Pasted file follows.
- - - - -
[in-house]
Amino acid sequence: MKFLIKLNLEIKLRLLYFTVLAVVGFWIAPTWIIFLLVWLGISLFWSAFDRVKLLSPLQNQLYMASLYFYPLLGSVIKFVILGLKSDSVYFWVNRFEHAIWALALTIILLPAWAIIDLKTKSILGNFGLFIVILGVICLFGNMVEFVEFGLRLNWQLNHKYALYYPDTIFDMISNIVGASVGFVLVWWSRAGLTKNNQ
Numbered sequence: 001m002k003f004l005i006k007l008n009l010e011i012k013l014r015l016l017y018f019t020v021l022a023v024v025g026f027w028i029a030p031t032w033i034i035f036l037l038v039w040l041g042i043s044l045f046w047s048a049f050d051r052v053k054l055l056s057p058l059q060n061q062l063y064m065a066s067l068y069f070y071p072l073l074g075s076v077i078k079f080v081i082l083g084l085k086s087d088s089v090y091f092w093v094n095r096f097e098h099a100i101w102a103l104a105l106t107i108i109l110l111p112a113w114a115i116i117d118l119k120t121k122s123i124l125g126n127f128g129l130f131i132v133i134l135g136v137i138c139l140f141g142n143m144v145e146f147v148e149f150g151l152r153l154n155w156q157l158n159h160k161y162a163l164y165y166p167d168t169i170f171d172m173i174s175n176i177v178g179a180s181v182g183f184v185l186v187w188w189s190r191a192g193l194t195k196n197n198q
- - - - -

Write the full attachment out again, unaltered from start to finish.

[in-house]
Amino acid sequence: MKFLIKLNLEIKLRLLYFTVLAVVGFWIAPTWIIFLLVWLGISLFWSAFDRVKLLSPLQNQLYMASLYFYPLLGSVIKFVILGLKSDSVYFWVNRFEHAIWALALTIILLPAWAIIDLKTKSILGNFGLFIVILGVICLFGNMVEFVEFGLRLNWQLNHKYALYYPDTIFDMISNIVGASVGFVLVWWSRAGLTKNNQ
Numbered sequence: 001m002k003f004l005i006k007l008n009l010e011i012k013l014r015l016l017y018f019t020v021l022a023v024v025g026f027w028i029a030p031t032w033i034i035f036l037l038v039w040l041g042i043s044l045f046w047s048a049f050d051r052v053k054l055l056s057p058l059q060n061q062l063y064m065a066s067l068y069f070y071p072l073l074g075s076v077i078k079f080v081i082l083g084l085k086s087d088s089v090y091f092w093v094n095r096f097e098h099a100i101w102a103l104a105l106t107i108i109l110l111p112a113w114a115i116i117d118l119k120t121k122s123i124l125g126n127f128g129l130f131i132v133i134l135g136v137i138c139l140f141g142n143m144v145e146f147v148e149f150g151l152r153l154n155w156q157l158n159h160k161y162a163l164y165y166p167d168t169i170f171d172m173i174s175n176i177v178g179a180s181v182g183f184v185l186v187w188w189s190r191a192g193l194t195k196n197n198q